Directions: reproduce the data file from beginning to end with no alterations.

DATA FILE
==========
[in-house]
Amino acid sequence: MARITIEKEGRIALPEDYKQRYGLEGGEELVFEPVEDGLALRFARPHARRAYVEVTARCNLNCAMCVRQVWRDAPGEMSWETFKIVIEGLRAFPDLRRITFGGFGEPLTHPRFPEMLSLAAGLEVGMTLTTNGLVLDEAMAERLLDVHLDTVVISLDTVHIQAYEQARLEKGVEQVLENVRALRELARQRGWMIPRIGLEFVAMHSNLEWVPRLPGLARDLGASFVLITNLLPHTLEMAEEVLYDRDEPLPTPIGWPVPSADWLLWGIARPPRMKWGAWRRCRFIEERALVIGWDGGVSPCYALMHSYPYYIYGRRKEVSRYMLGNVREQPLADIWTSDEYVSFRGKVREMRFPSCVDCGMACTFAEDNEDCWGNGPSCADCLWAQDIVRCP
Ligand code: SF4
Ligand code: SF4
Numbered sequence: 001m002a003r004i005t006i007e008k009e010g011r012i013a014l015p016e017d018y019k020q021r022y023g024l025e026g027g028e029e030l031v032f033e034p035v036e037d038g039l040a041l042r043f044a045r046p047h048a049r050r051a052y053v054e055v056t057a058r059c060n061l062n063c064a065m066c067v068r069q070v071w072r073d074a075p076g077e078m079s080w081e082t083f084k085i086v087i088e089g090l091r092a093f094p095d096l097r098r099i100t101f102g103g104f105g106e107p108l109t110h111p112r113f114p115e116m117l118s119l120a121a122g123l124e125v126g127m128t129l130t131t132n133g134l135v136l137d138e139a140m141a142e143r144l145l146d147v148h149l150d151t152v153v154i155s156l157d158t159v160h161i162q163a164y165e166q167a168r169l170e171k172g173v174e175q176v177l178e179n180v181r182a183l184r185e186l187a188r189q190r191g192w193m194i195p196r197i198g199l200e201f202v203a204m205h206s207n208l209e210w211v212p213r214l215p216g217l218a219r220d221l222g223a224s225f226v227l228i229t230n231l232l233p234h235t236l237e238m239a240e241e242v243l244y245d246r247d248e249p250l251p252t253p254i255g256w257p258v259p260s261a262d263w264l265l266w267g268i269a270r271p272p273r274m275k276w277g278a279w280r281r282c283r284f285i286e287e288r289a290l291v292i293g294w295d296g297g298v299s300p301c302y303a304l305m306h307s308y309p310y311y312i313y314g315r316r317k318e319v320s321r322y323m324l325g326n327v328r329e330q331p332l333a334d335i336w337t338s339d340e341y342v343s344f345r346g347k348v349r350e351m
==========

[in-house]
Amino acid sequence: MARITIEKEGRIALPEDYKQRYGLEGGEELVFEPVEDGLALRFARPHARRAYVEVTARCNLNCAMCVRQVWRDAPGEMSWETFKIVIEGLRAFPDLRRITFGGFGEPLTHPRFPEMLSLAAGLEVGMTLTTNGLVLDEAMAERLLDVHLDTVVISLDTVHIQAYEQARLEKGVEQVLENVRALRELARQRGWMIPRIGLEFVAMHSNLEWVPRLPGLARDLGASFVLITNLLPHTLEMAEEVLYDRDEPLPTPIGWPVPSADWLLWGIARPPRMKWGAWRRCRFIEERALVIGWDGGVSPCYALMHSYPYYIYGRRKEVSRYMLGNVREQPLADIWTSDEYVSFRGKVREMRFPSCVDCGMACTFAEDNEDCWGNGPSCADCLWAQDIVRCP
Ligand code: SF4
Ligand code: SF4
Numbered sequence: 001m002a003r004i005t006i007e008k009e010g011r012i013a014l015p016e017d018y019k020q021r022y023g024l025e026g027g028e029e030l031v032f033e034p035v036e037d038g039l040a041l042r043f044a045r046p047h048a049r050r051a052y053v054e055v056t057a058r059c060n061l062n063c064a065m066c067v068r069q070v071w072r073d074a075p076g077e078m079s080w081e082t083f084k085i086v087i088e089g090l091r092a093f094p095d096l097r098r099i100t101f102g103g104f105g106e107p108l109t110h111p112r113f114p115e116m117l118s119l120a121a122g123l124e125v126g127m128t129l130t131t132n133g134l135v136l137d138e139a140m141a142e143r144l145l146d147v148h149l150d151t152v153v154i155s156l157d158t159v160h161i162q163a164y165e166q167a168r169l170e171k172g173v174e175q176v177l178e179n180v181r182a183l184r185e186l187a188r189q190r191g192w193m194i195p196r197i198g199l200e201f202v203a204m205h206s207n208l209e210w211v212p213r214l215p216g217l218a219r220d221l222g223a224s225f226v227l228i229t230n231l232l233p234h235t236l237e238m239a240e241e242v243l244y245d246r247d248e249p250l251p252t253p254i255g256w257p258v259p260s261a262d263w264l265l266w267g268i269a270r271p272p273r274m275k276w277g278a279w280r281r282c283r284f285i286e287e288r289a290l291v292i293g294w295d296g297g298v299s300p301c302y303a304l305m306h307s308y309p310y311y312i313y314g315r316r317k318e319v320s321r322y323m324l325g326n327v328r329e330q331p332l333a334d335i336w337t338s339d340e341y342v343s344f345r346g347k348v349r350e351m